(NEWS CENTER) — Parenting is incredibly rewarding but it's also very challenging.
It becomes wildly more complicated when partners or spouses break-up or divorce leaving mother and father to parent together even though they no longer live the same home.
Family and Marriage Therapist Jack Burke suggests three things to keep in mind when trying to co-parent with an ex.
Parents need not be jealous of their child's love of other parent.
Jack suggests parents ask themselves if they really believe there is a fixed amount of love their child has for them. Love is not divided. Burke says your child can love both parents and should not be asked to choose one over the other.
He reminds that most children's primary goals in life are not to reassure their parents of the love they have for them. Let your child be a kid and love both parents.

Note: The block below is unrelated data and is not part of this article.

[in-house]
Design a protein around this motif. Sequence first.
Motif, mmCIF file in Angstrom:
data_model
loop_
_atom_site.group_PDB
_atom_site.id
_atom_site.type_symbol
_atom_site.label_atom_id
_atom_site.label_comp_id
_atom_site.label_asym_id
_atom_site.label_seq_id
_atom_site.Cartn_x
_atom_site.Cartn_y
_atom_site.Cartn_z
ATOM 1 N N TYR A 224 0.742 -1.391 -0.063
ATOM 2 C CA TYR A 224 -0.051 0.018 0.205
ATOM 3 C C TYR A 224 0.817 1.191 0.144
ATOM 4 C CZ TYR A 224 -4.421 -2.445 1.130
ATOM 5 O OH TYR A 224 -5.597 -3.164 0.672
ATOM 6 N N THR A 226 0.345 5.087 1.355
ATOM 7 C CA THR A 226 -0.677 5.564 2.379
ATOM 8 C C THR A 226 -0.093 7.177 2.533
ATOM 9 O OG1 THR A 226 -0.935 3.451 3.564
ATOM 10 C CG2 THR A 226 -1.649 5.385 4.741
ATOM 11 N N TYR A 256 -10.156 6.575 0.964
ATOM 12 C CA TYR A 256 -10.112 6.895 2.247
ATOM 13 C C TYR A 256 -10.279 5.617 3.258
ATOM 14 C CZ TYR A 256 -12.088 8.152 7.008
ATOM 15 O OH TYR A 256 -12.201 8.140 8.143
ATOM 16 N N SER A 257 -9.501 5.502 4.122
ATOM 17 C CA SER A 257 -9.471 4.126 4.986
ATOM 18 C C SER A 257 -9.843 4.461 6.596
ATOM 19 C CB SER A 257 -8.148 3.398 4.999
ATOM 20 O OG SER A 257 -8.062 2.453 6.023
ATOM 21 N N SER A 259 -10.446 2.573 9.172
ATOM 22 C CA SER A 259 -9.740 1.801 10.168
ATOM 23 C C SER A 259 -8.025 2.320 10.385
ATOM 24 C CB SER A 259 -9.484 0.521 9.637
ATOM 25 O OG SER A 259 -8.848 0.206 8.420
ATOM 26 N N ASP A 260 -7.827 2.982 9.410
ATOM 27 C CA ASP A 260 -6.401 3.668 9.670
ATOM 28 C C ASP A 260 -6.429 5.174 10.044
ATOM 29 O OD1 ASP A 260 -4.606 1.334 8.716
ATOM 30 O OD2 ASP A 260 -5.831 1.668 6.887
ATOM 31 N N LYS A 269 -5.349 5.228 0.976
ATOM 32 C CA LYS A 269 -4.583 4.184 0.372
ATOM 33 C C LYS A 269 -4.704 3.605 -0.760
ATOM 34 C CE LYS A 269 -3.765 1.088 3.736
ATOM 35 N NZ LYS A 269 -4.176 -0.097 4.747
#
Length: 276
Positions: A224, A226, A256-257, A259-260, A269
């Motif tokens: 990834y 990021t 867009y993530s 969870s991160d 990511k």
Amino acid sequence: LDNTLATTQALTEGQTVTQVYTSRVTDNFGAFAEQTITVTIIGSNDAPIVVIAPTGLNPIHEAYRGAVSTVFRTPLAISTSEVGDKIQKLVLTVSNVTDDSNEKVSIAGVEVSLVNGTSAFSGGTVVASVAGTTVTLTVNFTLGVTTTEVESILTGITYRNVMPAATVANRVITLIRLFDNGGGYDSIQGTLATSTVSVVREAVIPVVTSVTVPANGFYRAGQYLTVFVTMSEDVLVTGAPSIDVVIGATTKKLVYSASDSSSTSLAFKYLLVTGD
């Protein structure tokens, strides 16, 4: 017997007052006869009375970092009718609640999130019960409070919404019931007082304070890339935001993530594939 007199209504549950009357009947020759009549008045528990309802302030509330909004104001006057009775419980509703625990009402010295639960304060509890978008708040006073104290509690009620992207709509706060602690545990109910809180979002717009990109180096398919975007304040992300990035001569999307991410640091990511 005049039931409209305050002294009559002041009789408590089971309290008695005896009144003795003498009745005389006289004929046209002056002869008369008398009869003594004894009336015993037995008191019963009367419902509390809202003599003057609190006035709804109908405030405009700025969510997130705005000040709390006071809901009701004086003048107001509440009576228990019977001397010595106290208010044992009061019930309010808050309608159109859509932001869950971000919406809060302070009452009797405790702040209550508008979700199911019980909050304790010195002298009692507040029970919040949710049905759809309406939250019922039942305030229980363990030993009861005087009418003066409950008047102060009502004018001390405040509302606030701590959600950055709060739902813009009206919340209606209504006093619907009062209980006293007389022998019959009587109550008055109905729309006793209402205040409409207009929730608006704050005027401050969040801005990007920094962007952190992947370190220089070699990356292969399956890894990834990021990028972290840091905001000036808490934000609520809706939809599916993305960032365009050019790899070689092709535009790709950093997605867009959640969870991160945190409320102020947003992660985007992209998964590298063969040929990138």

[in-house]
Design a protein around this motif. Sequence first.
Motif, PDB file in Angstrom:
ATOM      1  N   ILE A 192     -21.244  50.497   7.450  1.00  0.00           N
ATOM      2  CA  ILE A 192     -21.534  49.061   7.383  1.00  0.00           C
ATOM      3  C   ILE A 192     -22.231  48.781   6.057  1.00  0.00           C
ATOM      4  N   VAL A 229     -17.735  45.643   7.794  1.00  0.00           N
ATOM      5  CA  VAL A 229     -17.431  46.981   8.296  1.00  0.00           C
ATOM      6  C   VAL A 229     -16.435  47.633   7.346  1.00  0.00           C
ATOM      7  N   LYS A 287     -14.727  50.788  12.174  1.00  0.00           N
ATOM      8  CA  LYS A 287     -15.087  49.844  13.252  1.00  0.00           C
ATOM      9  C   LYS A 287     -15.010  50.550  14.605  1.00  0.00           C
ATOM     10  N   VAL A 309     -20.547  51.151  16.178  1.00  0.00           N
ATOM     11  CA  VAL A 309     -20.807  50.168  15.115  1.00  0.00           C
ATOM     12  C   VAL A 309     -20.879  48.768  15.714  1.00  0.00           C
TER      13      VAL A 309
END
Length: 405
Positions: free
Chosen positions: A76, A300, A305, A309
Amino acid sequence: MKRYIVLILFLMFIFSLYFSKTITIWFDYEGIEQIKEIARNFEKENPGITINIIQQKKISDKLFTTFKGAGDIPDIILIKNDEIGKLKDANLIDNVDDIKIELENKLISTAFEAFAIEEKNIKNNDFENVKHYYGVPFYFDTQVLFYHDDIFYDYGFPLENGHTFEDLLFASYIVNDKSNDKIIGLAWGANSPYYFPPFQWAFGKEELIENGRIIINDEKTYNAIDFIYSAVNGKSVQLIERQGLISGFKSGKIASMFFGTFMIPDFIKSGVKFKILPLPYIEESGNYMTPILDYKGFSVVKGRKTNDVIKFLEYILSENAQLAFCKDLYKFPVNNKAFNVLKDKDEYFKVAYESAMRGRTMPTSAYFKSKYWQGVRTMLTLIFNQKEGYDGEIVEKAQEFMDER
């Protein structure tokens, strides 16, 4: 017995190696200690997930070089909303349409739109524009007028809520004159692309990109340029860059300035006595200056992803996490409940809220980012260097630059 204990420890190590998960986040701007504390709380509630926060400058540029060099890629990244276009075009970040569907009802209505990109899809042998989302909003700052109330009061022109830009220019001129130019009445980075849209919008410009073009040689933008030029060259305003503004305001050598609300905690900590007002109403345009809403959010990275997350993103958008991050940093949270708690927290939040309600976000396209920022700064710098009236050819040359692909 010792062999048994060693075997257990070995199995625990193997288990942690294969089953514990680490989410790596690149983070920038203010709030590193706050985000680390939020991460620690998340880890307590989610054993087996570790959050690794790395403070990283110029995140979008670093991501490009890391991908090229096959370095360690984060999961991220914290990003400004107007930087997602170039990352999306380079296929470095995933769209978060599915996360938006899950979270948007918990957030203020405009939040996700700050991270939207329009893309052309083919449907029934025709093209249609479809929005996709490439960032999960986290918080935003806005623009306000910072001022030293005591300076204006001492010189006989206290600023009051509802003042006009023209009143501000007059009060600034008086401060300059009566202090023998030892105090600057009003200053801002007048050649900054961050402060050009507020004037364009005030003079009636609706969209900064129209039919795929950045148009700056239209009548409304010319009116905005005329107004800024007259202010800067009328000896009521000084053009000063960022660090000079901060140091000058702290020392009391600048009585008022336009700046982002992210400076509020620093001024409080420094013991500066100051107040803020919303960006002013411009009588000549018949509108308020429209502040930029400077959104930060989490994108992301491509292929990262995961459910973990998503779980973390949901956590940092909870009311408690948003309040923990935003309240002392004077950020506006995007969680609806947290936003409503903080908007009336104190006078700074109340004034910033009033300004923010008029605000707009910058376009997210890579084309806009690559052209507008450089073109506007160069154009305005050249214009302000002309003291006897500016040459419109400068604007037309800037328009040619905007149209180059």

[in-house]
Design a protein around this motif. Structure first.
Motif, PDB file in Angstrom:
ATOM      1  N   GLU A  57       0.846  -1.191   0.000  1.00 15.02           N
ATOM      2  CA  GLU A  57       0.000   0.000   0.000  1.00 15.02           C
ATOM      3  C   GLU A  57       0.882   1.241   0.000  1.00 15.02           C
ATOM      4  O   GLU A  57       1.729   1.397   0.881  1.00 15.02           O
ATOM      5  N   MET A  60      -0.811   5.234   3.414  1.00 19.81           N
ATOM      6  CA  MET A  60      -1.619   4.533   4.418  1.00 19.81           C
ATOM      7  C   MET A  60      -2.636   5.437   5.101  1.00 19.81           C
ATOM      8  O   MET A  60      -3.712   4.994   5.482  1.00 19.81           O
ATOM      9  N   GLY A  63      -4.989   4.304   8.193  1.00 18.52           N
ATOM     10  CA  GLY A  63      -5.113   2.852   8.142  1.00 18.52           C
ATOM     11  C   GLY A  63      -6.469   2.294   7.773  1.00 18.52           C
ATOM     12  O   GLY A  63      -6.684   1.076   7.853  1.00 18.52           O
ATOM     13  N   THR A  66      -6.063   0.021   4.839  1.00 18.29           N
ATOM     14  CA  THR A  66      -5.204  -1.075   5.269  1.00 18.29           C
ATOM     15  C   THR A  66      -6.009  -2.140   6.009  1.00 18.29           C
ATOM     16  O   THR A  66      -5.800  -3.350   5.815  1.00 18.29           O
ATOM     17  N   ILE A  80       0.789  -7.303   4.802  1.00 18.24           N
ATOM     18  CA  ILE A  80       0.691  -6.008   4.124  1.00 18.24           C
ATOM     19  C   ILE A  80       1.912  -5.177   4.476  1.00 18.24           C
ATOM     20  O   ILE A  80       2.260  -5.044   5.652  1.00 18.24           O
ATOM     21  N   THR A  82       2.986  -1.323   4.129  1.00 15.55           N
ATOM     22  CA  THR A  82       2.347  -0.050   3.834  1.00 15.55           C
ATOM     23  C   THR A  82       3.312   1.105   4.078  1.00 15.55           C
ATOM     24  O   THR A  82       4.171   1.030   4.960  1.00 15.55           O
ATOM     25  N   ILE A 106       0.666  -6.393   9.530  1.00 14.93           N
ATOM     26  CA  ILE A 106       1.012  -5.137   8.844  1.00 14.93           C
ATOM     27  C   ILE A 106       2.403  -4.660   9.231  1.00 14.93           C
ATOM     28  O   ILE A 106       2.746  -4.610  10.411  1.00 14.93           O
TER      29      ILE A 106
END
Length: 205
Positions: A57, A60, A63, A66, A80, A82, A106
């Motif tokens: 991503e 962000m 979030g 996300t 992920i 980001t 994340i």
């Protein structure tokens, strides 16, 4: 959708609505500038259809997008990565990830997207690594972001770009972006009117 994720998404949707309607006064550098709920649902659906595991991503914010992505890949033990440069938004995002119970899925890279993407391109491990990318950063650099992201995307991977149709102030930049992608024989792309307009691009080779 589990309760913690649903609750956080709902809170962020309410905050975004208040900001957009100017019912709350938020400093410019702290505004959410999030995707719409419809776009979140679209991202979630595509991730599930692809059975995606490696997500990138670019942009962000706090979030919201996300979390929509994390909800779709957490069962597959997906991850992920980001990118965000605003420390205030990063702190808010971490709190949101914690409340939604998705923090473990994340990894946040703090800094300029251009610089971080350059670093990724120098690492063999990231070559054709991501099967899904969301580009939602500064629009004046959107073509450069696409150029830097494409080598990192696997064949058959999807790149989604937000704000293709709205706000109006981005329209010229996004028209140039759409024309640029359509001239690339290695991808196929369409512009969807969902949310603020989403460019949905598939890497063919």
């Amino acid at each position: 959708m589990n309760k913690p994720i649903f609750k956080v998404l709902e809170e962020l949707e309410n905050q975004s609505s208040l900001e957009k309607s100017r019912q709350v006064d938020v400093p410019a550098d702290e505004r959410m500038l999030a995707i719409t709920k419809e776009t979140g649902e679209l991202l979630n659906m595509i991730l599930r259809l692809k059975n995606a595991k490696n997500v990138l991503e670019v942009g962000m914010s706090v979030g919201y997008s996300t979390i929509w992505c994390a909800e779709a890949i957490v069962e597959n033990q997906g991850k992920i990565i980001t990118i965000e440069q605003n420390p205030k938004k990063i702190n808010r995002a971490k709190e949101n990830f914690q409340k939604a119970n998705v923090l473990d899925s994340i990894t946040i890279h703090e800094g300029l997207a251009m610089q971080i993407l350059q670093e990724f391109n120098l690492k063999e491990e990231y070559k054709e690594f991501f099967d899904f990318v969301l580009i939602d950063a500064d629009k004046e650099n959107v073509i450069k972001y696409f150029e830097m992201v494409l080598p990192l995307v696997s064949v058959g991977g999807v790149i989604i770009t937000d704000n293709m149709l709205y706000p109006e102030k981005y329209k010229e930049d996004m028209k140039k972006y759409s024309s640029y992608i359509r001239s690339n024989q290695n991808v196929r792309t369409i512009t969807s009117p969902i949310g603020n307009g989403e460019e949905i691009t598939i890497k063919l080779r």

Secondly, Burke says your child is not an enemy agent. Often parents feel like they can't be themselves or discipline the way the normally would because their child will tattle on them to the other parent.
Burke reminds that all kids will try to manipulate, at least a little, but that does not mean that parents should alter who they are and how they want to discipline. Burke says you can not fear your own child.
Lastly Burke says you can not sheild your child from your ex. (We are not talking about abuse or any illegal activity, in which case you certainly can protect your child by getting police and DHHS involved.)
Burke says even though your ex may parent differently or treat you child different than you do, you can only teach them good skills when they are with you.
When you child comes back from a visit with mom or dad and complains about something the other parent did, Burke says the best thing to do is keep your own emotions in check and ask your child how they handled the incident. Teach them things they can do to better handle it when said parent does things they are not used to and everyone will be a winner.